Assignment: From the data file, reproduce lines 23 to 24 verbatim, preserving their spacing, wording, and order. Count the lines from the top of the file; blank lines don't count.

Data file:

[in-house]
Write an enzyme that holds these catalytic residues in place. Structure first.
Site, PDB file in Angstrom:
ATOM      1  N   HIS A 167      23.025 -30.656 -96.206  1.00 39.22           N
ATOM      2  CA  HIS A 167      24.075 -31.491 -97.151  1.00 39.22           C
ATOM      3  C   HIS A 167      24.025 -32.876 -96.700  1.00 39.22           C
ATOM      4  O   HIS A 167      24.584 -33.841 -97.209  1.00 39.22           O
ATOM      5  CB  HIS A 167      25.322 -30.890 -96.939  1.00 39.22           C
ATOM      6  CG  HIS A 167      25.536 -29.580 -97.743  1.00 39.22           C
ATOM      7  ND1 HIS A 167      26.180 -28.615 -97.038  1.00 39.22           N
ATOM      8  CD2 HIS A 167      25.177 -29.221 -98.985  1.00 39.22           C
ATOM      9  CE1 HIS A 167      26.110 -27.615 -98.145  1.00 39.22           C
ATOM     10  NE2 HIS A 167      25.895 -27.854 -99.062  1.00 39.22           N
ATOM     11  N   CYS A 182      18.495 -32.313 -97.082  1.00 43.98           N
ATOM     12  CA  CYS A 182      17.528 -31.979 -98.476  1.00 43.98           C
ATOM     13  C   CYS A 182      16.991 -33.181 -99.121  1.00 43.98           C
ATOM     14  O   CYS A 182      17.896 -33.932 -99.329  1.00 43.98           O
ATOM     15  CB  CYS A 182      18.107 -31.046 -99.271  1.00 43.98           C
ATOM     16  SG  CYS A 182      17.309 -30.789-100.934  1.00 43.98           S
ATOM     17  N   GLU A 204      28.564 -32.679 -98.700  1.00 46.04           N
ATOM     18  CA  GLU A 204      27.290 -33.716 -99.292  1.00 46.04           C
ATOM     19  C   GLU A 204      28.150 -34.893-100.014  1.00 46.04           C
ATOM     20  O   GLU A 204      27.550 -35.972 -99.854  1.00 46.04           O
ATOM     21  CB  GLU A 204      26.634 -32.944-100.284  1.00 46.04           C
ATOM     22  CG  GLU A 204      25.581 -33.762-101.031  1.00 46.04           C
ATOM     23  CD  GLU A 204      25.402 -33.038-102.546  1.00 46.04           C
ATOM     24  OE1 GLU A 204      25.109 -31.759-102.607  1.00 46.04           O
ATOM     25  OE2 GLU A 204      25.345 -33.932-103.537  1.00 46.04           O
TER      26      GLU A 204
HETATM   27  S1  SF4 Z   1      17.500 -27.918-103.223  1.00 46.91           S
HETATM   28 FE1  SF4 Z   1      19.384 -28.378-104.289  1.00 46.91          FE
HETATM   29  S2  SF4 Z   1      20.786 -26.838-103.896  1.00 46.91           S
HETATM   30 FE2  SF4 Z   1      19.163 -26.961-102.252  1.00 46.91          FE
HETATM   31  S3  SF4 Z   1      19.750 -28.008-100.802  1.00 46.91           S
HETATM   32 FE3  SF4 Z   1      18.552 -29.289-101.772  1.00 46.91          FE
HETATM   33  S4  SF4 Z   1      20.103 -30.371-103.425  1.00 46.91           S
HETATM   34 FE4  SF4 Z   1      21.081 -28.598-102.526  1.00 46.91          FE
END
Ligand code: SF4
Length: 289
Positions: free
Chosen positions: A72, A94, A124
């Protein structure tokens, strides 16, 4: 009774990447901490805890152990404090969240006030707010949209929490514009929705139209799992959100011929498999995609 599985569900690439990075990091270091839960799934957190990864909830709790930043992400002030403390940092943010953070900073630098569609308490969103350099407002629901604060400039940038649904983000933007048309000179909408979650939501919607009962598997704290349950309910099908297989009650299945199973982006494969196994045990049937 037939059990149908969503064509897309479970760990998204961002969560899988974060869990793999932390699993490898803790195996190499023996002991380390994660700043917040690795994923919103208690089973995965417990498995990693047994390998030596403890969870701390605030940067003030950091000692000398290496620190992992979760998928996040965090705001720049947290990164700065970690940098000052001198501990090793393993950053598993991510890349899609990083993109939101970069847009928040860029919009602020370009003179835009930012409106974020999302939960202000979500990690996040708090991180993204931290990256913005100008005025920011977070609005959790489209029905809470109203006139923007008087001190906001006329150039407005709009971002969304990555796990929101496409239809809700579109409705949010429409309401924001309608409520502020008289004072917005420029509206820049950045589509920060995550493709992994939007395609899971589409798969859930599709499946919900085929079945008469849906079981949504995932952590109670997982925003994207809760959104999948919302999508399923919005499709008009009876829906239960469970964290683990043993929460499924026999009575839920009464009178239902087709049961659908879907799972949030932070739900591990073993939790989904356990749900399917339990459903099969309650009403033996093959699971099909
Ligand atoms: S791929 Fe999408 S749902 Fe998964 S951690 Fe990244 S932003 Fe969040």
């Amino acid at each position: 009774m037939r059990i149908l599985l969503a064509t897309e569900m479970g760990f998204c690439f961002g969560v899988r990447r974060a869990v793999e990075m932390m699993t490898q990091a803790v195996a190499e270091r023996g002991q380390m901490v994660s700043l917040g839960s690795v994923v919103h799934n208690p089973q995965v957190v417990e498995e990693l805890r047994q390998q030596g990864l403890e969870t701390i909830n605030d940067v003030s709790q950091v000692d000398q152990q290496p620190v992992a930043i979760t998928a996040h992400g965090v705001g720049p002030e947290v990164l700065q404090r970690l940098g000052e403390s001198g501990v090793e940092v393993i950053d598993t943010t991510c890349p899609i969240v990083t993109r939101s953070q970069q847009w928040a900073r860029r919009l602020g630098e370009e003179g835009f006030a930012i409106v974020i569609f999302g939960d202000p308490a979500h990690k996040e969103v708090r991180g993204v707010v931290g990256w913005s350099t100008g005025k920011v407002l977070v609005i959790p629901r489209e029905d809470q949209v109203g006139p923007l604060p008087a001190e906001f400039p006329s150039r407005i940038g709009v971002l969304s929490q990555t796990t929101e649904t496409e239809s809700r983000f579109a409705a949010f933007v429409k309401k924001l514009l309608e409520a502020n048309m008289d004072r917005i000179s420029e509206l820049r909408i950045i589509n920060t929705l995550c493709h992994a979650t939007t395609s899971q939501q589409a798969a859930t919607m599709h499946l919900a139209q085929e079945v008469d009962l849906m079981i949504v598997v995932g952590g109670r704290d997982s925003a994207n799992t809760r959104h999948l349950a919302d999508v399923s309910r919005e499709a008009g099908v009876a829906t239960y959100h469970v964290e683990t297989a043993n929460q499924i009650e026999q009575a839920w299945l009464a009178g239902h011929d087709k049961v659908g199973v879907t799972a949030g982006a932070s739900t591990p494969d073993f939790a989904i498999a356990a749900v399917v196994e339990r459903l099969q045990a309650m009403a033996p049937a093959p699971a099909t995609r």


ATOM     20  O   GLU A 204      27.550 -35.972 -99.854  1.00 46.04           O
ATOM     21  CB  GLU A 204      26.634 -32.944-100.284  1.00 46.04           C